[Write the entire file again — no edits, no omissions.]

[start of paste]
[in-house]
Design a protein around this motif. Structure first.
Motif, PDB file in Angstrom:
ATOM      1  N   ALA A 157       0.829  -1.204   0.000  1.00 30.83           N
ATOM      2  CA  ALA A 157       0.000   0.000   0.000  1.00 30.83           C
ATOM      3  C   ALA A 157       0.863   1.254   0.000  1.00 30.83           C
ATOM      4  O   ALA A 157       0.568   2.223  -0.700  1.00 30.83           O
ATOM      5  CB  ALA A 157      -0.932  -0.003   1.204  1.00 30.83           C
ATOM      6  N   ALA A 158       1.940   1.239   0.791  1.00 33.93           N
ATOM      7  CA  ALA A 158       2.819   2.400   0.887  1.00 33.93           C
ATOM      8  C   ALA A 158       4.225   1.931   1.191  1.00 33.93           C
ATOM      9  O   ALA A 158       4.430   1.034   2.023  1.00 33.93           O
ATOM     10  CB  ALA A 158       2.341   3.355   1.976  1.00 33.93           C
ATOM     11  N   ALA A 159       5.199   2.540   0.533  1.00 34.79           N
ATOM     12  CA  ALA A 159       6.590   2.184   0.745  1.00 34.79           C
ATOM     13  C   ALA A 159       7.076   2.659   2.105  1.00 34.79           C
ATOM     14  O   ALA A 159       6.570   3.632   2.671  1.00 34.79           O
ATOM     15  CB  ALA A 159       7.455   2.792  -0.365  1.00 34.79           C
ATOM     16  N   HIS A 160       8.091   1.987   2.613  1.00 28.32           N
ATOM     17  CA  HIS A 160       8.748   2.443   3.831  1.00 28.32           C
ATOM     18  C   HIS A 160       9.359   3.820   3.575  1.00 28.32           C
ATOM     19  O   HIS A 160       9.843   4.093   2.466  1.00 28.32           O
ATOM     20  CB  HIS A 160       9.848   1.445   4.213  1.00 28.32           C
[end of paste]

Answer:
[in-house]
Design a protein around this motif. Structure first.
Motif, PDB file in Angstrom:
ATOM      1  N   ALA A 157       0.829  -1.204   0.000  1.00 30.83           N
ATOM      2  CA  ALA A 157       0.000   0.000   0.000  1.00 30.83           C
ATOM      3  C   ALA A 157       0.863   1.254   0.000  1.00 30.83           C
ATOM      4  O   ALA A 157       0.568   2.223  -0.700  1.00 30.83           O
ATOM      5  CB  ALA A 157      -0.932  -0.003   1.204  1.00 30.83           C
ATOM      6  N   ALA A 158       1.940   1.239   0.791  1.00 33.93           N
ATOM      7  CA  ALA A 158       2.819   2.400   0.887  1.00 33.93           C
ATOM      8  C   ALA A 158       4.225   1.931   1.191  1.00 33.93           C
ATOM      9  O   ALA A 158       4.430   1.034   2.023  1.00 33.93           O
ATOM     10  CB  ALA A 158       2.341   3.355   1.976  1.00 33.93           C
ATOM     11  N   ALA A 159       5.199   2.540   0.533  1.00 34.79           N
ATOM     12  CA  ALA A 159       6.590   2.184   0.745  1.00 34.79           C
ATOM     13  C   ALA A 159       7.076   2.659   2.105  1.00 34.79           C
ATOM     14  O   ALA A 159       6.570   3.632   2.671  1.00 34.79           O
ATOM     15  CB  ALA A 159       7.455   2.792  -0.365  1.00 34.79           C
ATOM     16  N   HIS A 160       8.091   1.987   2.613  1.00 28.32           N
ATOM     17  CA  HIS A 160       8.748   2.443   3.831  1.00 28.32           C
ATOM     18  C   HIS A 160       9.359   3.820   3.575  1.00 28.32           C
ATOM     19  O   HIS A 160       9.843   4.093   2.466  1.00 28.32           O
ATOM     20  CB  HIS A 160       9.848   1.445   4.213  1.00 28.32           C